Does Brooks’ own experience as a victim / survivor of sexual abuse appear on the screen? It is hard to say. But then, in some oblique way, how could it not have? The actress seldom saw her own films—some she only saw for the first time late in life; others she claimed not to know what they were about, as was the case with Pandora’s Box, where again her character is sexually manipulated and coerced.
What we do know is that Brooks’ experience as a child marked her entire life. She said so. It certainly contributed to her lack of self esteem and self-destructive ways. It also isolated the actress. Writing about Diary of a Lost Girl in 1938, an Italian critic commented, “She suffers and remains unmoved. And precisely this is what counts most: with an almost total lack of acting, she has created around herself a dense atmosphere of intense emotions.”
Ultimately, Brooks’ own story is one of redemption. She spent the last half of her life out of the limelight, virtually forgotten for decades, striving to understand what had happened to her life and aborted career. She experienced an emotional and spiritual tumult before settling into a kind of gin-soaked intellectual understanding late in life. The result of her striving is her 1982 bestseller, Lulu in Hollywood. To find out more about Brooks, be sure and check out Barry Paris’ beautifully empathetic 1989 biography of the actress, Louise Brooks.
Louise Brooks never made it to Cambridge, as far as I know. But she did appear in Boston on a couple of occasions as a teenage member of Denishawn, then the leading modern dance company in America. This was before her film career, and before she appeared in the Ziegfeld Follies. On January 17 and then again on March 2, 1923, the Denishawn company (which included the 16-year-old Brooks, Martha Graham, founders Ruth St. Denis and Ted Shawn, and others of note) performed at the Boston Opera House. Touring the country, Denishawn returned to the Opera House one year later, performing again on April 11 and 12, 1924. Late in life, the one–time actress stated all she ever wanted to be was a dancer. [Brooks’ entrance into Denishawn is a plot point in the forthcoming film of Laura Moriarty’s bestselling novel, The Chaperone, from PBS Masterpiece. It is currently in production.]
Beggars of Life, as with all of Brooks’ American films, was shown in Boston when first released. It played at the Metropolitan theater in late September, 1928, where it was well received in the pages of the Boston Post and Boston Herald. In its pages, Harvard’s The Crimson simply noted, “Tramp, Tramp, the hoboes are coming to town.” More than a few years later, in 1989, critic Jay Carr described Beggars of Life in the Boston Globe as “Louise Brooks’ best American film before she went to Germany.”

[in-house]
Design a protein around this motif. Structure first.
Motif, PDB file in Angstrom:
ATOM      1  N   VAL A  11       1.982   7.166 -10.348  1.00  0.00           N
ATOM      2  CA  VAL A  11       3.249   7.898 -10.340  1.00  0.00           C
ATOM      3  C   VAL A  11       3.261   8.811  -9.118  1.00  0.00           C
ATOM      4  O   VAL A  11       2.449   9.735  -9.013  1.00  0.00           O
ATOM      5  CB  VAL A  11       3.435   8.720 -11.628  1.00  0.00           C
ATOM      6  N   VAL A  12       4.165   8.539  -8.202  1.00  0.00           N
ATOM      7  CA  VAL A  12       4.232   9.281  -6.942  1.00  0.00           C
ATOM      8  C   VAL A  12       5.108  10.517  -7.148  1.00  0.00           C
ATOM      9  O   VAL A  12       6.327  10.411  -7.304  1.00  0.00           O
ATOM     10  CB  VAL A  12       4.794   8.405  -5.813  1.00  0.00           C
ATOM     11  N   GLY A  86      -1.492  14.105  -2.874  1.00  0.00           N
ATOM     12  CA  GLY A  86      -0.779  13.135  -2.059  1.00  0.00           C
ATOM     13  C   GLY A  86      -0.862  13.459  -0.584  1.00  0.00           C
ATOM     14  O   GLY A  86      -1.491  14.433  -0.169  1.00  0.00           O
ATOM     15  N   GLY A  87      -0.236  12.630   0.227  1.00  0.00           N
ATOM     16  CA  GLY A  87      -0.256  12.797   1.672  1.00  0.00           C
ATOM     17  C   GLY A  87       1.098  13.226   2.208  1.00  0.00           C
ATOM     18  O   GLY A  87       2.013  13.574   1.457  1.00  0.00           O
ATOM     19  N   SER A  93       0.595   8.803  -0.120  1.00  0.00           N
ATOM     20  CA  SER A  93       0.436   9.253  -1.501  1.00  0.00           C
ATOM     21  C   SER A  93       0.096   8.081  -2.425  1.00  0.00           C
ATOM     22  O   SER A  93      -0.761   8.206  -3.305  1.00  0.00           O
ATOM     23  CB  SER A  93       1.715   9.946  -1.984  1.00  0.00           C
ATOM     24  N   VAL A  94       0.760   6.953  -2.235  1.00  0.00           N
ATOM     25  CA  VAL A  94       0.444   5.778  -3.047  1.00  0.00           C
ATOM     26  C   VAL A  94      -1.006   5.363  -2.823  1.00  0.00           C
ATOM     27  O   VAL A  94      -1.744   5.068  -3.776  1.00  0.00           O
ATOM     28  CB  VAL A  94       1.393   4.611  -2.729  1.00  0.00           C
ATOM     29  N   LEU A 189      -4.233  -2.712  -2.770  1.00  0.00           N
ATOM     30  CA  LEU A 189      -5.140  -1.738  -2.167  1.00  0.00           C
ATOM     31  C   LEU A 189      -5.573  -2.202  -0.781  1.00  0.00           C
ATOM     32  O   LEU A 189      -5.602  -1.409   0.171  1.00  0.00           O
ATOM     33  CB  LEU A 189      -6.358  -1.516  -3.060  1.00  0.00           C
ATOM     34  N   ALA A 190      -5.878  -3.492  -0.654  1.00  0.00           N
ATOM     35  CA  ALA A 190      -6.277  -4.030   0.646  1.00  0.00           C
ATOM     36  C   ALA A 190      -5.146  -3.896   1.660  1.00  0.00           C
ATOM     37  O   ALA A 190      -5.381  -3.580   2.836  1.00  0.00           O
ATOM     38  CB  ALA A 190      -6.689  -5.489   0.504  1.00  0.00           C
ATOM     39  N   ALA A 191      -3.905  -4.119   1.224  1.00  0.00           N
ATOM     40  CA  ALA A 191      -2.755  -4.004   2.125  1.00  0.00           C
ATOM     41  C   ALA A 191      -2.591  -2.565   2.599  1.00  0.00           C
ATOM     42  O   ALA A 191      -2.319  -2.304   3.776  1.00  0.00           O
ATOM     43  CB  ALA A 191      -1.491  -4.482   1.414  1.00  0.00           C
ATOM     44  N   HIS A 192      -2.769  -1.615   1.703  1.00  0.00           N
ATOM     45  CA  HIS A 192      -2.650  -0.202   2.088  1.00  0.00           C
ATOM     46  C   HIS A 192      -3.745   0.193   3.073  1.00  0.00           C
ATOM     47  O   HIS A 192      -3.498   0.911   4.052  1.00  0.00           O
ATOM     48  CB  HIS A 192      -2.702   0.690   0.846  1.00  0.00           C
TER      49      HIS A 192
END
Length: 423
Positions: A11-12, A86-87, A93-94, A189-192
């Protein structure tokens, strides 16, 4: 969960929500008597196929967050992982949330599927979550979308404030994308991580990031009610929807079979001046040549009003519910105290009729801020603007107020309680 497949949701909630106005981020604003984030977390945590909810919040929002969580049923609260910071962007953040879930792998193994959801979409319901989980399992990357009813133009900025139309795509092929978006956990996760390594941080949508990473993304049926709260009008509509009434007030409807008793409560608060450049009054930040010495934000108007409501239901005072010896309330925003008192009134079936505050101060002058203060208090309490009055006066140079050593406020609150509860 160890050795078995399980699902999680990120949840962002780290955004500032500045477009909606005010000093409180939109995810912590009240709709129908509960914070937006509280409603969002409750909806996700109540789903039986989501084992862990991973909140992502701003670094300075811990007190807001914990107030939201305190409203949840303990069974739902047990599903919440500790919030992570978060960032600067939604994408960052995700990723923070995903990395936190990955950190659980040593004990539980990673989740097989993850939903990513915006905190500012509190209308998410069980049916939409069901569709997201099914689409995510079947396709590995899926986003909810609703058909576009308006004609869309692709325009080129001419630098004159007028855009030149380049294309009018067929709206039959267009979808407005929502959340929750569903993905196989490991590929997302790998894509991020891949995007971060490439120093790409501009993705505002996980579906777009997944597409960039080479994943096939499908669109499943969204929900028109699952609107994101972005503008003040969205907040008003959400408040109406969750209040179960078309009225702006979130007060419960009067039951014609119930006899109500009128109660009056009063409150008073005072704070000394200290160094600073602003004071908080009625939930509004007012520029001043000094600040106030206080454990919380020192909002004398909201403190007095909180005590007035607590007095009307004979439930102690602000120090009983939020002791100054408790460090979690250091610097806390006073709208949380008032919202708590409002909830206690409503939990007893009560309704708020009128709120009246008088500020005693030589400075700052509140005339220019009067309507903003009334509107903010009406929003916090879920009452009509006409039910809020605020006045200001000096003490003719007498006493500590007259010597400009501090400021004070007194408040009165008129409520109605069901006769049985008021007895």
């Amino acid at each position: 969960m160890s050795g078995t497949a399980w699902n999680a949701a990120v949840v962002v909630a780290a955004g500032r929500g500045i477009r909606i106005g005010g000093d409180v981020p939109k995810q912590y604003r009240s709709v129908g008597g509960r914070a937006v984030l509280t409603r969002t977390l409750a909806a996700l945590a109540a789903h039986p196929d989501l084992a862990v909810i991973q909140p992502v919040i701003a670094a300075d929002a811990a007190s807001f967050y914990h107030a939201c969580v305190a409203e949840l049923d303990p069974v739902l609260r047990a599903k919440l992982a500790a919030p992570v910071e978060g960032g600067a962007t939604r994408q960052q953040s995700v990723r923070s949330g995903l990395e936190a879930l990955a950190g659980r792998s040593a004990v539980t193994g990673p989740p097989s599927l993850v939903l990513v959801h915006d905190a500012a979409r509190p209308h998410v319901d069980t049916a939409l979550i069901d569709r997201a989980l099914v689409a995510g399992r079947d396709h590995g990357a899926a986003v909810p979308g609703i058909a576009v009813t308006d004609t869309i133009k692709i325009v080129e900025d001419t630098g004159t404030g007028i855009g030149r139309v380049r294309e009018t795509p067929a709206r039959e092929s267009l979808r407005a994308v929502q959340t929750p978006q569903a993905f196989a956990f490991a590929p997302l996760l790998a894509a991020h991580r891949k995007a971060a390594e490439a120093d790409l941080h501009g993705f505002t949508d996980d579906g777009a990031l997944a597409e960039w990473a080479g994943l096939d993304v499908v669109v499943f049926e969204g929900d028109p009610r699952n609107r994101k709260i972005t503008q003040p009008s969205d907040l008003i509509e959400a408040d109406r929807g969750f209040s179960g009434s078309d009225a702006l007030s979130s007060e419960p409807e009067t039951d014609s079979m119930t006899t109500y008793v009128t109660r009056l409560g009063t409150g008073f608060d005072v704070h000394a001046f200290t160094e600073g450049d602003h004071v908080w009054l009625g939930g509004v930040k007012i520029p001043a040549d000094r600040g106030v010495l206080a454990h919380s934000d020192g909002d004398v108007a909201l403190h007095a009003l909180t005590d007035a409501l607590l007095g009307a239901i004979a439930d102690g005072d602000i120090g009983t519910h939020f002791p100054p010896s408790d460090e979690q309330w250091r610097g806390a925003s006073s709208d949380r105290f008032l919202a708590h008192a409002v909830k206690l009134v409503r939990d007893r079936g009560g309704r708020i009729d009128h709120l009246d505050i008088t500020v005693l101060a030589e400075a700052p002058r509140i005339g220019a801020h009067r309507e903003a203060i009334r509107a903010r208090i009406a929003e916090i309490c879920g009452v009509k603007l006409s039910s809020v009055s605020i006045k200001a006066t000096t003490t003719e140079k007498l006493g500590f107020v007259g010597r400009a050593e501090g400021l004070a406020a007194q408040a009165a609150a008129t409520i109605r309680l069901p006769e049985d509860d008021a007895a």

Diary of a Lost Girl was not as fortunate. The film debuted in Berlin on October 15, 1929. And by December 5, it had been banned by the state censor and was withdrawn from circulation. After cuts were made, the ban was lifted and the film re-released on January 6, 1930. However, Diary of a Lost Girl was poorly received, not only because sound was coming in and there was diminishing interest in the silent cinema, but because the film continued to be censored and cut (according to local standards) wherever it was shown, leaving its already problematic story in shambles. Rudolph Leonhardt, the film’s screenwriter, wrote that he saw it in Paris at the time and stayed in his seat at the end because he thought the film had broken.
The many negative reviews the film received sometimes had little to do with the movie. Some German critics, no doubt disliking the pointed social critique found in the film, instead devoted their columns to savaging Böhme’s then 25 year old book! Siegfried Kracauer, a critic at the time, was among them. In his famous 1946 book, From Caligari to Hitler: A Psychological History of the German Film, Kracauer wrote about the Pabst film and its literary source—“the popularity of which among the philistines of the past generation rested upon the slightly pornographic frankness with which it recounted the private life of some prostitutes from a morally elevated point of view.”
Diary of a Lost Girl was not shown in the United States until the 1950s, and it did not receive a theatrical release in America until the 1980s. Such were the fortunes of silent film in the age of talkies. Recent restorations, however, have brought renewed attention, and in the eyes of some critics including myself, Diary of a Lost Girl is considered the near equal of the better known Pandora’s Box.
Fortunately, the Kino Lorber prints of Diary of a Lost Girl restore just about as much footage as possible, bringing the film back into a broad semblance of what it was like when initially released. The same can be said for the Kino Lorber Beggars of Life, which was digitally restored from 35mm film elements held at the George Eastman Museum in Rochester, New York.
Both films, I suggest, are worth witnessing—not only for what is on the screen, but for what can be seen below their surface.